The prize here is the Rachmaninoff cello sonata, a warm, hyper-Romantic musical tapestry that gives both the pianist and cellist a major workout. Ma is a superb chamber-music player, as is Ax. Both offer the kind of artistic give-and-take that a great performance of this music requires, while neither weighs the music down with excessive indulgence. The Prokofiev, a very different sort of musical beast, is a much lighter work, but it's done no less well. This is one of Ma's best chamber-music discs.
While it is pleasurable to hear three of the world's best-known virtuosos playing together with such extraordinary sympathy and enthusiasm, the actual performances by violinist Itzhak Perlman, cellist Yo-Yo Ma, and pianist Emanuel Ax on this disc of Mendelssohn's two piano trios are merely so-so. Each alone sounds marvelous Perlman with his sweet intonation, Ma with his lyrical phrasing, and Ax with his sonorous tone but together they are not quite the sum of their parts.
Gabriel Faure (1845-1924) inhabits a "sound world" uniquely his own: moody, harmonically complex, sometimes neurotically so, melodically elusive. Less readily accessible than either of his French contemporaries, Debussy and Ravel, Faure's chamber music, nonetheless, is infinitely rewarding and certainly should be more widely recorded and available.
This remarkably rich offering of Faure's only two piano quartets (in C Minor, Op. 15 and G Minor, Op. 45) will, no doubt, go a long way in re-energizing interest in this coupling of the composer's most "popular" ensemble works.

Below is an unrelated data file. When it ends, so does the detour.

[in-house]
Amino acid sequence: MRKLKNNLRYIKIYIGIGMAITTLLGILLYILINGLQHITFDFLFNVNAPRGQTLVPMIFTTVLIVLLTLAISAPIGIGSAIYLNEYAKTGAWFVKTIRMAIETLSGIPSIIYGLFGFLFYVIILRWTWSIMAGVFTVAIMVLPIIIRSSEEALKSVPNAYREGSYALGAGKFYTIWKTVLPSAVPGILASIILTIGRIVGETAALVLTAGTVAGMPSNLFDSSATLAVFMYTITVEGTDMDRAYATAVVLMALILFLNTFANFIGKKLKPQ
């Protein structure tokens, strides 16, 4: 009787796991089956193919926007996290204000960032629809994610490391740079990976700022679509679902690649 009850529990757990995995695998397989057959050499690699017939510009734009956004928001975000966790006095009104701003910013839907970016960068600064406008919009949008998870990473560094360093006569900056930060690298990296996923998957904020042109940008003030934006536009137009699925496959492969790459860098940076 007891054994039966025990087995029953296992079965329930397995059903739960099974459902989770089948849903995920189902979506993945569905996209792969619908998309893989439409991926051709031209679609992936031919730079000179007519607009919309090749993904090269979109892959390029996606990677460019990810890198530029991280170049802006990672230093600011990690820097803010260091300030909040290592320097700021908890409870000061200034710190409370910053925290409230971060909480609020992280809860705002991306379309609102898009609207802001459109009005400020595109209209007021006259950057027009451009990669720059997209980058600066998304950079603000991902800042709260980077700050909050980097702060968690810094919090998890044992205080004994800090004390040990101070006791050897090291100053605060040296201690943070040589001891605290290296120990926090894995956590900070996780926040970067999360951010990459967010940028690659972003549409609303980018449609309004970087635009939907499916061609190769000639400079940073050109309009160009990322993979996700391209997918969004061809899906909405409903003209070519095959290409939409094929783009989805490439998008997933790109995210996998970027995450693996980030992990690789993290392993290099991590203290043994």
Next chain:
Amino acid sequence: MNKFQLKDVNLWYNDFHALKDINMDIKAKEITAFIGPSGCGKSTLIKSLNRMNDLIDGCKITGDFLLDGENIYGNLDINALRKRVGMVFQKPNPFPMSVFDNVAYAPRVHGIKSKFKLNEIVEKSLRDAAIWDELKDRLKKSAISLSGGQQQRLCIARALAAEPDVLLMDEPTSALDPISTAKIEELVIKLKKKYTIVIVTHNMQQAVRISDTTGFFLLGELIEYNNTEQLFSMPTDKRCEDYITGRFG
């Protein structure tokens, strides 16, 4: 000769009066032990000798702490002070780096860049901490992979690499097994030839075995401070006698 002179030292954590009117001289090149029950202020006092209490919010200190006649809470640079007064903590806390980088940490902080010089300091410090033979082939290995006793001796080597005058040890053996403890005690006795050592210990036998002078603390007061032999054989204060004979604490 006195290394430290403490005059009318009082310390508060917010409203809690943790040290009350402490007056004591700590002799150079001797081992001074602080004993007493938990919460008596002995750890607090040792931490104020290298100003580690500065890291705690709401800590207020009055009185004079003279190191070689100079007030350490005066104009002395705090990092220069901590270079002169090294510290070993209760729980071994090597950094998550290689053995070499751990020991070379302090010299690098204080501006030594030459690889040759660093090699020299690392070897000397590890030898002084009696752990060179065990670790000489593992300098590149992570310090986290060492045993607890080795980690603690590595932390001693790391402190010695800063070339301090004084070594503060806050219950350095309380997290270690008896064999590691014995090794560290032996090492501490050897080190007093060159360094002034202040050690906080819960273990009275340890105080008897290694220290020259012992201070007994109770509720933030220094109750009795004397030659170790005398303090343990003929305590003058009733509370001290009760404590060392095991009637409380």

This disc repackages tracks of a romantic mood from a variety of Yo-Yo Ma discs released over the course of his strong-selling album career. A few of them (track 2, for example) come from recordings of straight-ahead classical repertory, and there are several new tracks, but most are taken from the cellist's fabulously successful series of crossover recordings, including Obrigado Brazil, Appalachia Waltz, and his collection of music by Italian film composer Ennio Morricone.
As a cultural ambassador to the world, Yo-Yo Ma has immersed himself in the native music of many countries and taken away charming souvenirs of his musical explorations that he shares openly and without affectation. The chief characteristic of Ma's approach is his showcasing of other talents, with a modesty and generosity on his part that makes these performances all the more appealing.
CBS/Sony Classical has been accompanying superstar cellist Yo-Yo Ma for decades on his journey through the unsurpassed works written for his instrument by Johann Sebastian Bach. The label is now pleased to announce the release of important landmarks from that journey, Yo-Yo Ma Plays Bach, on a single CD. Ma's first recording of Bach's six Solo Suites, which went on to win the Grammy® for "Best Classical Instrumental Performance" and is represented here by the Sarabande from the Sixth Suite, took place in 1982. In the same year, Yo-Yo Ma recorded Bach's complete sonatas for viola da gamba with harpsichordist Kenneth Cooper which was hailed by Gramophone as "intelligent and expressive."
This release celebrates and commemorates Yo-Yo Ma's 30 year recording career with Sony Music. Created with the full participation of Yo-Yo Ma, 30 Years Outside the Box, is the definitive collection of this iconic artist. The box set contains every original album Yo-Yo Ma has recorded including 2 discs of rare and never before released material.
Bach showed that the cello can dance, but composers from Rossini to Shostakovich have favored it as an instrument of pensive reflection and brooding melancholy. The playful cover photo notwithstanding, SOLO features Yo-Yo Ma in five 20th century cello works of a serious nature, all with folk influence and all echoing at least a bit of the troubles of the times in which they were written.